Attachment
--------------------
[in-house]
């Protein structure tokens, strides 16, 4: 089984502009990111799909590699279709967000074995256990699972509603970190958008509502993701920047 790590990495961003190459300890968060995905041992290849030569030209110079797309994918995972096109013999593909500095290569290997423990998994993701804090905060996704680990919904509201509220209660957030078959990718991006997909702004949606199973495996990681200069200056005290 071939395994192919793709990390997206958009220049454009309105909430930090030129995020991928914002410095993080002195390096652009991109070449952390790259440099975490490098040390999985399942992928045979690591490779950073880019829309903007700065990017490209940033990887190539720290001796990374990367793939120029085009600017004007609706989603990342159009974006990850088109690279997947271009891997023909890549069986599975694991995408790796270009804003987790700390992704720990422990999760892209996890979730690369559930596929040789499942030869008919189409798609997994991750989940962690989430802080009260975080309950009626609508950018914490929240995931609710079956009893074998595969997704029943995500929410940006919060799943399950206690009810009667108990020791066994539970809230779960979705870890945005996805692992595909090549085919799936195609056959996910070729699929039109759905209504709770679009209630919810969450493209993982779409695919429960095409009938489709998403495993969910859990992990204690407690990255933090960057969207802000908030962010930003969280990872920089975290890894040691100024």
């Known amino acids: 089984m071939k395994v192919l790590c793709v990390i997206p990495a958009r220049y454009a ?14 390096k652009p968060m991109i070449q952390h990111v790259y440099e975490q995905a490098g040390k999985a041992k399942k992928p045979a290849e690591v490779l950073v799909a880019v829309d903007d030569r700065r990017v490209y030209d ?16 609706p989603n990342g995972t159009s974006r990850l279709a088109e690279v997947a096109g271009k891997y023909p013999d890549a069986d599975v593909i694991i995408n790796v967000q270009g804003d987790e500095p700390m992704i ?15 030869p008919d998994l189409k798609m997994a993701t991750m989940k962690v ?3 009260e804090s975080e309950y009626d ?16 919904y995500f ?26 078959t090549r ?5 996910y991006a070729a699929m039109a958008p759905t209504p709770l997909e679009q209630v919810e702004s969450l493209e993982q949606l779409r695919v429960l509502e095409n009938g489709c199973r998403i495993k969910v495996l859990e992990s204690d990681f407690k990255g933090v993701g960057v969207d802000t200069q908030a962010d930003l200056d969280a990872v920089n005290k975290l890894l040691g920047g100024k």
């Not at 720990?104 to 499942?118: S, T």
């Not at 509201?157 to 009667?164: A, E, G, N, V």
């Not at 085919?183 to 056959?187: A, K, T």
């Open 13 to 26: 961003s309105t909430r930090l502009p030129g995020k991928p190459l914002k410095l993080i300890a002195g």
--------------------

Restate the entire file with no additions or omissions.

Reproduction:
[in-house]
């Protein structure tokens, strides 16, 4: 089984502009990111799909590699279709967000074995256990699972509603970190958008509502993701920047 790590990495961003190459300890968060995905041992290849030569030209110079797309994918995972096109013999593909500095290569290997423990998994993701804090905060996704680990919904509201509220209660957030078959990718991006997909702004949606199973495996990681200069200056005290 071939395994192919793709990390997206958009220049454009309105909430930090030129995020991928914002410095993080002195390096652009991109070449952390790259440099975490490098040390999985399942992928045979690591490779950073880019829309903007700065990017490209940033990887190539720290001796990374990367793939120029085009600017004007609706989603990342159009974006990850088109690279997947271009891997023909890549069986599975694991995408790796270009804003987790700390992704720990422990999760892209996890979730690369559930596929040789499942030869008919189409798609997994991750989940962690989430802080009260975080309950009626609508950018914490929240995931609710079956009893074998595969997704029943995500929410940006919060799943399950206690009810009667108990020791066994539970809230779960979705870890945005996805692992595909090549085919799936195609056959996910070729699929039109759905209504709770679009209630919810969450493209993982779409695919429960095409009938489709998403495993969910859990992990204690407690990255933090960057969207802000908030962010930003969280990872920089975290890894040691100024």
């Known amino acids: 089984m071939k395994v192919l790590c793709v990390i997206p990495a958009r220049y454009a ?14 390096k652009p968060m991109i070449q952390h990111v790259y440099e975490q995905a490098g040390k999985a041992k399942k992928p045979a290849e690591v490779l950073v799909a880019v829309d903007d030569r700065r990017v490209y030209d ?16 609706p989603n990342g995972t159009s974006r990850l279709a088109e690279v997947a096109g271009k891997y023909p013999d890549a069986d599975v593909i694991i995408n790796v967000q270009g804003d987790e500095p700390m992704i ?15 030869p008919d998994l189409k798609m997994a993701t991750m989940k962690v ?3 009260e804090s975080e309950y009626d ?16 919904y995500f ?26 078959t090549r ?5 996910y991006a070729a699929m039109a958008p759905t209504p709770l997909e679009q209630v919810e702004s969450l493209e993982q949606l779409r695919v429960l509502e095409n009938g489709c199973r998403i495993k969910v495996l859990e992990s204690d990681f407690k990255g933090v993701g960057v969207d802000t200069q908030a962010d930003l200056d969280a990872v920089n005290k975290l890894l040691g920047g100024k």
């Not at 720990?104 to 499942?118: S, T």
């Not at 509201?157 to 009667?164: A, E, G, N, V």
């Not at 085919?183 to 056959?187: A, K, T």
């Open 13 to 26: 961003s309105t909430r930090l502009p030129g995020k991928p190459l914002k410095l993080i300890a002195g």